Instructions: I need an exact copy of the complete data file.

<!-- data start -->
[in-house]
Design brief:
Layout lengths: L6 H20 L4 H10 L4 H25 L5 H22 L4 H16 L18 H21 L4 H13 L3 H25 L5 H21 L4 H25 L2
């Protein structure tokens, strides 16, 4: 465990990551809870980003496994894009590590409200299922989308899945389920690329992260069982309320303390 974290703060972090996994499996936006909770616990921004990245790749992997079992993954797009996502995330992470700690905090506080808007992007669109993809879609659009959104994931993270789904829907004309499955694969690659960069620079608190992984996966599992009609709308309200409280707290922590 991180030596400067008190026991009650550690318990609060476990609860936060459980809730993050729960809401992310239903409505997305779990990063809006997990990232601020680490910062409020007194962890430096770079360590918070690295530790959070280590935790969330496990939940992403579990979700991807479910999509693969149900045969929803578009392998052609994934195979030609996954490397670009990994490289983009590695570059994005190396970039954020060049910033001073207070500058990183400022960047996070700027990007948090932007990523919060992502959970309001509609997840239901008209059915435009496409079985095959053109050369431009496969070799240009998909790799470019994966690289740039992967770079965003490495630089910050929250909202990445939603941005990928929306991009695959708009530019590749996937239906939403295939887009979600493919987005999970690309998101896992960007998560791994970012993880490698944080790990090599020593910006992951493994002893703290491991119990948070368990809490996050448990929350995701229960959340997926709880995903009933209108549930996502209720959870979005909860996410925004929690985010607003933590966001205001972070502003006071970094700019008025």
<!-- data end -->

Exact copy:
[in-house]
Design brief:
Layout lengths: L6 H20 L4 H10 L4 H25 L5 H22 L4 H16 L18 H21 L4 H13 L3 H25 L5 H21 L4 H25 L2
């Protein structure tokens, strides 16, 4: 465990990551809870980003496994894009590590409200299922989308899945389920690329992260069982309320303390 974290703060972090996994499996936006909770616990921004990245790749992997079992993954797009996502995330992470700690905090506080808007992007669109993809879609659009959104994931993270789904829907004309499955694969690659960069620079608190992984996966599992009609709308309200409280707290922590 991180030596400067008190026991009650550690318990609060476990609860936060459980809730993050729960809401992310239903409505997305779990990063809006997990990232601020680490910062409020007194962890430096770079360590918070690295530790959070280590935790969330496990939940992403579990979700991807479910999509693969149900045969929803578009392998052609994934195979030609996954490397670009990994490289983009590695570059994005190396970039954020060049910033001073207070500058990183400022960047996070700027990007948090932007990523919060992502959970309001509609997840239901008209059915435009496409079985095959053109050369431009496969070799240009998909790799470019994966690289740039992967770079965003490495630089910050929250909202990445939603941005990928929306991009695959708009530019590749996937239906939403295939887009979600493919987005999970690309998101896992960007998560791994970012993880490698944080790990090599020593910006992951493994002893703290491991119990948070368990809490996050448990929350995701229960959340997926709880995903009933209108549930996502209720959870979005909860996410925004929690985010607003933590966001205001972070502003006071970094700019008025």